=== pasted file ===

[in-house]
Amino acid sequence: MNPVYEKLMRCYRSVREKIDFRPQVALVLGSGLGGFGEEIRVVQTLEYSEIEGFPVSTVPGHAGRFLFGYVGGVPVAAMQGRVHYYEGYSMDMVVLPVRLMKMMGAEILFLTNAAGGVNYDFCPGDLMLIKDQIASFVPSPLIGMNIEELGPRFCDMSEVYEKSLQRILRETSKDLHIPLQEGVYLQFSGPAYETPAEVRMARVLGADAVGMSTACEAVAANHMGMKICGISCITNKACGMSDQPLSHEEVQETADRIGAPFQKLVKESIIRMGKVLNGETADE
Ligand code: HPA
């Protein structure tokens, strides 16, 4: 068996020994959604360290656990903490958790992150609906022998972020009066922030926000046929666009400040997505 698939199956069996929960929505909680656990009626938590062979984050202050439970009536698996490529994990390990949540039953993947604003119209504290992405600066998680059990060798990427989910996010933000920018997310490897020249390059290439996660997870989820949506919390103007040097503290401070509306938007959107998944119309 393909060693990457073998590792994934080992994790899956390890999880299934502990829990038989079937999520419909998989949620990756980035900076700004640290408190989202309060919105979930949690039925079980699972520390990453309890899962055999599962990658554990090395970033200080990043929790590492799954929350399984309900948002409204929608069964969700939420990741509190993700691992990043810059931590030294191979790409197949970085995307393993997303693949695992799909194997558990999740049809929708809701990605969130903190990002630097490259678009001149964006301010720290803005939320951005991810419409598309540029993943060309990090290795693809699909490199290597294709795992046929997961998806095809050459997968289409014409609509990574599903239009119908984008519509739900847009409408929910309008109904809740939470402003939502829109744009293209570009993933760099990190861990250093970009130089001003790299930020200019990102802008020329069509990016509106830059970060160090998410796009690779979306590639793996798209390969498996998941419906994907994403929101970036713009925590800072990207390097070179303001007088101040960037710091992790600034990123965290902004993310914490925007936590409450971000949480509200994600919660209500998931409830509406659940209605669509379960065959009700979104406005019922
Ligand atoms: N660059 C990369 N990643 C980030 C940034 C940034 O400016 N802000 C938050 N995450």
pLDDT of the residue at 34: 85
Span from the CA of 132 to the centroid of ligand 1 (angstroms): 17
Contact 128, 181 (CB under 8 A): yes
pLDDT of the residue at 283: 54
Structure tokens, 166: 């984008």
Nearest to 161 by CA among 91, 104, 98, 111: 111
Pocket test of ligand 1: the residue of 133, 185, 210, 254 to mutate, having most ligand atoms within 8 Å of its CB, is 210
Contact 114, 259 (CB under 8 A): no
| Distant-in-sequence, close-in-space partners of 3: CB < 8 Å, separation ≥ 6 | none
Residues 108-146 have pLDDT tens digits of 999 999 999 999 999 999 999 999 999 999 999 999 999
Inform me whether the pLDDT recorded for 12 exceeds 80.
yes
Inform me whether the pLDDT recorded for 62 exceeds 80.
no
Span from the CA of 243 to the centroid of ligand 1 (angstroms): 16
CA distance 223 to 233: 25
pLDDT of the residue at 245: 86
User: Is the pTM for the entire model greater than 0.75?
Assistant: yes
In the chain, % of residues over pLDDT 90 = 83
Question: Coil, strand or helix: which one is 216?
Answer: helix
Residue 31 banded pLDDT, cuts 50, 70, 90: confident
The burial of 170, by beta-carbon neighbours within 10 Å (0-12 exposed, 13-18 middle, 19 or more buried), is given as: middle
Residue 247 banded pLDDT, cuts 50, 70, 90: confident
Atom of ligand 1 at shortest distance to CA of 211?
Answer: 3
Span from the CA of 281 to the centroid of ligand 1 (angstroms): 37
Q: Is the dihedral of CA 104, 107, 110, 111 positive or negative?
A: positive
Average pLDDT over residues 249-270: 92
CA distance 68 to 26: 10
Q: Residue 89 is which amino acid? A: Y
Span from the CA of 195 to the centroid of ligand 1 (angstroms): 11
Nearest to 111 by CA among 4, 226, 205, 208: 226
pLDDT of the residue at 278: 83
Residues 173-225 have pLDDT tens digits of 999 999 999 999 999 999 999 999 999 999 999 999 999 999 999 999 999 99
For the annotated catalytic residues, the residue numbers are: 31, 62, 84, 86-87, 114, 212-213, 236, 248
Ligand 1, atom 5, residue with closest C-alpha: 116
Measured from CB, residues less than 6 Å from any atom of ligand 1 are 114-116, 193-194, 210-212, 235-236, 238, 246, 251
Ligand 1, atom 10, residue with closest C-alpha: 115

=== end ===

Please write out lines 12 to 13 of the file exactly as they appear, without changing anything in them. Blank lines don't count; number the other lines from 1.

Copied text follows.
Pocket test of ligand 1: the residue of 133, 185, 210, 254 to mutate, having most ligand atoms within 8 Å of its CB, is 210
Contact 114, 259 (CB under 8 A): no